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Tuesday, 16 November 2004
Page: 42


Senator MURRAY (5:32 PM) —We have heard much lately about the commendable nationwide police operation which resulted in more than 200 men being charged with keeping and using child pornography, with more arrests to come. Although some of the images are apparently home grown, the children used to produce this vile material are reported to be largely from countries where poverty and exploitation flourish. On the other hand, those First World Australians charged as users of child pornography include tradesmen, teachers, public servants, businessmen, scout leaders, child-care workers, policemen and the clergy. The latter deserve special comment. Members of the clergy that sexually assault and abuse children are notorious because of the huge moral gulf between what they say and what they do. Not surprisingly, this evil has featured heavily in the media, but the media's concentration on just the offenders concerns me. What efforts are the Australian authorities making to stop the continuing exploitation of these children in the child pornography scandal?

There has been little, if any, reporting of the victims—the children corruptly and criminally used—and the damaging long-term effects of their being exploited in this way. There is now extensive research and a number of reports that document the lifelong consequences for victims of child sexual assault—not least being the two Senate reports, Lost innocents: righting the record, in 2001, and ForgottenAustralians, in 2004—but this material has not been drawn on by the media. Sadly, this tends to be the general proclivity of reporters when writing of the sexual assaults perpetrated on children or child abuse in general. The reporters often focus on the criminal and the crime, rather than on the many victims that a single child abuser creates. When charges are laid, they seldom cover all the offences. The reporting is far from the reality.

While no meaningful attempt has yet been made to quantify the numbers of victims, child abusers and paedophiles in Australia, we could be talking—and I hope we are not—about hundreds of thousands of victims. I base this guesstimate on a trilogy of inquiries that reveal that more than 500,000 people were raised in care last century. Those three inquiries are the two Senate inquiries I referred to earlier and the Aboriginal stolen generation inquiry. The evidence provided includes many descriptions of extremely graphic and disturbing sexual assaults and molestations of girls and boys by a wide range of perpetrators, across government and non-government institutions and between religious care and foster care. Organised violence against children was systemic and sexual assault far too common. Also far too common—all over the world, including Australia—has been the concealment of these crimes, and the conspiratorial accomplices go all the way to the top of the church hierarchies—something for strong Christians in the political world to bear in mind. Christian values are one thing; Clayton's Christians are another.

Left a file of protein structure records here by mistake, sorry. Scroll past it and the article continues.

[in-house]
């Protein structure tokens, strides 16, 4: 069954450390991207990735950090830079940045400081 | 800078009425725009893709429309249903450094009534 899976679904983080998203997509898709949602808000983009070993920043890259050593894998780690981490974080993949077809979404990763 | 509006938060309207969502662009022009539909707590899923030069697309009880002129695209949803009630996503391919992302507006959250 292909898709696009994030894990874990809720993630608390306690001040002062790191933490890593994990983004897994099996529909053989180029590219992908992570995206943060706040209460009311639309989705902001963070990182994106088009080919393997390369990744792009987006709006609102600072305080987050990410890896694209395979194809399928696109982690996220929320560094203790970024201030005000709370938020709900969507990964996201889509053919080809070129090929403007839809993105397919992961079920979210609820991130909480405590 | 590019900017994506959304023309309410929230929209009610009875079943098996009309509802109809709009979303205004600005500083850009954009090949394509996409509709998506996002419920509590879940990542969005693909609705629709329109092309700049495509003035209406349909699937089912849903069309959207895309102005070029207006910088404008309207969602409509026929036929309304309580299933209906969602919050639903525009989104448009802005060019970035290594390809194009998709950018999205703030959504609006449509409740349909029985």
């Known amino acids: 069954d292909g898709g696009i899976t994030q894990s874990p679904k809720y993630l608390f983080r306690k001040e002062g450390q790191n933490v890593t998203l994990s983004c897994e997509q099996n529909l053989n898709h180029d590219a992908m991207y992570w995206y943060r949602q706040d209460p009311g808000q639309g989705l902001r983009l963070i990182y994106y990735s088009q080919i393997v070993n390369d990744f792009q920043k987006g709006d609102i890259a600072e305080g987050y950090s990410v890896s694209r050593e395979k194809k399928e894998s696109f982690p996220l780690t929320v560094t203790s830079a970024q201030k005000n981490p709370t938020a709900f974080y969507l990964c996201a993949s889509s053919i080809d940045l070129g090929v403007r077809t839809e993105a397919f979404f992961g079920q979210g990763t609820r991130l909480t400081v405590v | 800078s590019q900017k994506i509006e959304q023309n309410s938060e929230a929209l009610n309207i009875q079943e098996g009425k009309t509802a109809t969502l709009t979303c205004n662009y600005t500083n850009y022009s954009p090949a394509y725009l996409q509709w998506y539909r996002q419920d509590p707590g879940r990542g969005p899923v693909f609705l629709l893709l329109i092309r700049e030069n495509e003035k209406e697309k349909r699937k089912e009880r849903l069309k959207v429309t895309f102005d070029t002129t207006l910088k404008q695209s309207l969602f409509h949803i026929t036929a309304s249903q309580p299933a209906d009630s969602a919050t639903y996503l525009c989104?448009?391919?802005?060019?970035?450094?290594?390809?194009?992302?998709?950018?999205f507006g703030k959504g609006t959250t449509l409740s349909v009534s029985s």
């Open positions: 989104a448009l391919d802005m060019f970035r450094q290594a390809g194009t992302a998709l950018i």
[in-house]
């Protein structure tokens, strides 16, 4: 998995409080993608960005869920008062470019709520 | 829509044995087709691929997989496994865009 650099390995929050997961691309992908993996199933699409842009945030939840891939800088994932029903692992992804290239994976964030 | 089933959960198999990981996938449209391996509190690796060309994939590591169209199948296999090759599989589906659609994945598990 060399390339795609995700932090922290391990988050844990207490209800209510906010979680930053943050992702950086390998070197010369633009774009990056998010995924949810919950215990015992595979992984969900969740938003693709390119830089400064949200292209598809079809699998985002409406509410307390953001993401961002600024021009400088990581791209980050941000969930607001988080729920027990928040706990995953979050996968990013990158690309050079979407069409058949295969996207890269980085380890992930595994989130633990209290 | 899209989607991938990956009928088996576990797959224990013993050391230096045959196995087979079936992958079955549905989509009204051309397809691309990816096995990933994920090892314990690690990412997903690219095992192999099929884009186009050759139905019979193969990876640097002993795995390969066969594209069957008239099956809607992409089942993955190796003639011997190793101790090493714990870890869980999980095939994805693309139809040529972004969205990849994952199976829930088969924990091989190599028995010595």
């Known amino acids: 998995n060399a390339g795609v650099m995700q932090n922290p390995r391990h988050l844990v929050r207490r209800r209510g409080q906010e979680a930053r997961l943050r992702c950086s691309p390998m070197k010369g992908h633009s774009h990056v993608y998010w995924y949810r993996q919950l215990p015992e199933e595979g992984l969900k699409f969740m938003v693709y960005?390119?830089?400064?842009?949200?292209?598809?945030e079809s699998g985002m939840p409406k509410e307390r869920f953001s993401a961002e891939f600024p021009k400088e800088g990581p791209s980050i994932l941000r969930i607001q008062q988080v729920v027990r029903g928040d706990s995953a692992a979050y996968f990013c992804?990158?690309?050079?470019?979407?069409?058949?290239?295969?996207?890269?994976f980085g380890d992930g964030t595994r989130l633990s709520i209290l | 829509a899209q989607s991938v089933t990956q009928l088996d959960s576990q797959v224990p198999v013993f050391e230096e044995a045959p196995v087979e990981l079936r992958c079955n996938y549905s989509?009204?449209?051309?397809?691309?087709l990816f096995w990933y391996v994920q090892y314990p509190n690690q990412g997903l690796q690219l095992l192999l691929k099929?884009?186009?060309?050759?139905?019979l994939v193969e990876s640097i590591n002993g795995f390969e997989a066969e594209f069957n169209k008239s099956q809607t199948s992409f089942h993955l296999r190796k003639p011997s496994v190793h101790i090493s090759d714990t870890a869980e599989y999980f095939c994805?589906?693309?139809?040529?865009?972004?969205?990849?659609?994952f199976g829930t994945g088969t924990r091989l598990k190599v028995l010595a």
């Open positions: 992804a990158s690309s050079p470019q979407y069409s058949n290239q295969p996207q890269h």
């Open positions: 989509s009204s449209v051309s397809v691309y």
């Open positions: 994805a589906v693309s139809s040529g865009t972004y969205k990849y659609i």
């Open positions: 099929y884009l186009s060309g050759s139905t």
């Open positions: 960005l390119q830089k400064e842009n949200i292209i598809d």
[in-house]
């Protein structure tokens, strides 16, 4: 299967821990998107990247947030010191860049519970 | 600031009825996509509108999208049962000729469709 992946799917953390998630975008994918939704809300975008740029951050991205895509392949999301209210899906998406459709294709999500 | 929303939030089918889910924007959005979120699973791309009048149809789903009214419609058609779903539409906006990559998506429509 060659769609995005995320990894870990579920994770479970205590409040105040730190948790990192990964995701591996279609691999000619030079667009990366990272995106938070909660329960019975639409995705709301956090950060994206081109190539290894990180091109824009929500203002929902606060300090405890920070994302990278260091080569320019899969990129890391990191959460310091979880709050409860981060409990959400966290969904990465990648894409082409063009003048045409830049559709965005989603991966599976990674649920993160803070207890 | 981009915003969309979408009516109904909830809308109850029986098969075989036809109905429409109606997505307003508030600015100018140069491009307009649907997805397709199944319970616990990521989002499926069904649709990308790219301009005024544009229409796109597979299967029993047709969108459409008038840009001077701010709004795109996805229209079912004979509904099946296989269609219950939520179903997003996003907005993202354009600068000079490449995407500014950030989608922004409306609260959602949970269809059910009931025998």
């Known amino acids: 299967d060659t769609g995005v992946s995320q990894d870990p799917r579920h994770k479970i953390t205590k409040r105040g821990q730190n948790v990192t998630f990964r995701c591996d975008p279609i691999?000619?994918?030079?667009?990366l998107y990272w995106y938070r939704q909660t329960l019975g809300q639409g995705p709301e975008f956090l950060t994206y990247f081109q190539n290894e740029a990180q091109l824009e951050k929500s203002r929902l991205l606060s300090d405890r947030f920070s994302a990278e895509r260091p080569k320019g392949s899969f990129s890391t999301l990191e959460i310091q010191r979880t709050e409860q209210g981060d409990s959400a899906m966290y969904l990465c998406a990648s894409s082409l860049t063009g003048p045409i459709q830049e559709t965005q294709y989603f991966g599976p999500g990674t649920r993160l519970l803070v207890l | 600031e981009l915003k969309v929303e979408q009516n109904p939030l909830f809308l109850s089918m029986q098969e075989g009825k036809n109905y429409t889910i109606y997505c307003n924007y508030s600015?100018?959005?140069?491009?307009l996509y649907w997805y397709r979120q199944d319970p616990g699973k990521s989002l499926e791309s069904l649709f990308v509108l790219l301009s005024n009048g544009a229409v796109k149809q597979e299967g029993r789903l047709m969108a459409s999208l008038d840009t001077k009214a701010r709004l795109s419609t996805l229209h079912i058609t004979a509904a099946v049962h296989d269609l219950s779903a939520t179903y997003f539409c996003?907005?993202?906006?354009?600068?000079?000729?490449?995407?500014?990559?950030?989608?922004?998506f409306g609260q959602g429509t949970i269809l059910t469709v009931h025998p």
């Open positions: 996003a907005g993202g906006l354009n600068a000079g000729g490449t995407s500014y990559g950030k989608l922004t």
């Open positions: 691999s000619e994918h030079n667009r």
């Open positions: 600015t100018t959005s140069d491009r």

If we add to the number of those in care those legions assaulted within the private sphere of families, it can be reasonably argued that the number of victims in Australia could reach into the hundreds of thousands. Again, I hope not, but sufficient work has not been done to work out the numbers concerned. It is the case that many of these victims—or survivors—do not recover. One female respondent to the children in institutional care inquiry wrote:

The incident left me with a real fear of men and problems having sex, even with my husband ... This barrier is still with me to this day.

One male victim wrote:

I have undergone counselling for much of my adult life just so I could cope ... I cannot hold a job for long; I cannot form friendships and have been unable to complete several educational courses I have started ... I am currently in such a state that I rarely leave the house ...

These quotes typify the suffering victims endure as adults. They all too often live marginal lives characterised by antisocial behaviour. For instance, documented studies show that prisons are full of men and women sexually assaulted as children. Also, problems of substance abuse, unemployment, welfare dependency, homelessness, mental health problems and suicide are all too common. Another respondent to the inquiry wrote:

No person can come out of these experiences unscathed ... many ... have had horrible lives. I saw more than one as street walkers and was told about attempts at suicide and destructive relationships. Others have learned to rely on alcohol and more recently other drugs. None have had `normal' relationships where they realised their potential both emotionally and intellectually.